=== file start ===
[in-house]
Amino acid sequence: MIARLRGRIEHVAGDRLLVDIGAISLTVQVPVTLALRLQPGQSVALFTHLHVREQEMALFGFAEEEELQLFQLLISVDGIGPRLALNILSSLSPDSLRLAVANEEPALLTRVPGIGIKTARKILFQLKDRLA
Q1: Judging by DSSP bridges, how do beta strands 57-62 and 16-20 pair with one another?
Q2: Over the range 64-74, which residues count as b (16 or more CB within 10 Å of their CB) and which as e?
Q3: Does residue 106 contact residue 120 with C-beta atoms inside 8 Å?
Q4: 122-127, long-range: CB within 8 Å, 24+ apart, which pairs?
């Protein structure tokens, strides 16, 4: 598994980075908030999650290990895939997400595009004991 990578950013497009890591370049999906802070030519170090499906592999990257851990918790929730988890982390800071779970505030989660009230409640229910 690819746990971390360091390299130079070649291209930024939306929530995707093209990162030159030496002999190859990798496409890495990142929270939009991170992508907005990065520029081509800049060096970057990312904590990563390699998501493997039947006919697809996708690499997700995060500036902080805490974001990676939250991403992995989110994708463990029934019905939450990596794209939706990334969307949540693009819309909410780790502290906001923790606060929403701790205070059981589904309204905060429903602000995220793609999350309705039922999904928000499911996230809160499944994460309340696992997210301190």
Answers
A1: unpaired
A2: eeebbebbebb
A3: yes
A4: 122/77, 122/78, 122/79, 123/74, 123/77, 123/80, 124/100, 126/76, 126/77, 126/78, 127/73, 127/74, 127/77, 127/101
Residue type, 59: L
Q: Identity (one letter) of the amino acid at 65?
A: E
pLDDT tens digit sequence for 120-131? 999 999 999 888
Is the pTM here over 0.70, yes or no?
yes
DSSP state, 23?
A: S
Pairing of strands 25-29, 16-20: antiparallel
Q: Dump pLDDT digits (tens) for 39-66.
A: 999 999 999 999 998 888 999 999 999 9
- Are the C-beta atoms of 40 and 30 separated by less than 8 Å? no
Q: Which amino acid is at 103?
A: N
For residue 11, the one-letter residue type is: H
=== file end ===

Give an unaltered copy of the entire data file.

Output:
[in-house]
Amino acid sequence: MIARLRGRIEHVAGDRLLVDIGAISLTVQVPVTLALRLQPGQSVALFTHLHVREQEMALFGFAEEEELQLFQLLISVDGIGPRLALNILSSLSPDSLRLAVANEEPALLTRVPGIGIKTARKILFQLKDRLA
Q1: Judging by DSSP bridges, how do beta strands 57-62 and 16-20 pair with one another?
Q2: Over the range 64-74, which residues count as b (16 or more CB within 10 Å of their CB) and which as e?
Q3: Does residue 106 contact residue 120 with C-beta atoms inside 8 Å?
Q4: 122-127, long-range: CB within 8 Å, 24+ apart, which pairs?
């Protein structure tokens, strides 16, 4: 598994980075908030999650290990895939997400595009004991 990578950013497009890591370049999906802070030519170090499906592999990257851990918790929730988890982390800071779970505030989660009230409640229910 690819746990971390360091390299130079070649291209930024939306929530995707093209990162030159030496002999190859990798496409890495990142929270939009991170992508907005990065520029081509800049060096970057990312904590990563390699998501493997039947006919697809996708690499997700995060500036902080805490974001990676939250991403992995989110994708463990029934019905939450990596794209939706990334969307949540693009819309909410780790502290906001923790606060929403701790205070059981589904309204905060429903602000995220793609999350309705039922999904928000499911996230809160499944994460309340696992997210301190």
Answers
A1: unpaired
A2: eeebbebbebb
A3: yes
A4: 122/77, 122/78, 122/79, 123/74, 123/77, 123/80, 124/100, 126/76, 126/77, 126/78, 127/73, 127/74, 127/77, 127/101
Residue type, 59: L
Q: Identity (one letter) of the amino acid at 65?
A: E
pLDDT tens digit sequence for 120-131? 999 999 999 888
Is the pTM here over 0.70, yes or no?
yes
DSSP state, 23?
A: S
Pairing of strands 25-29, 16-20: antiparallel
Q: Dump pLDDT digits (tens) for 39-66.
A: 999 999 999 999 998 888 999 999 999 9
- Are the C-beta atoms of 40 and 30 separated by less than 8 Å? no
Q: Which amino acid is at 103?
A: N
For residue 11, the one-letter residue type is: H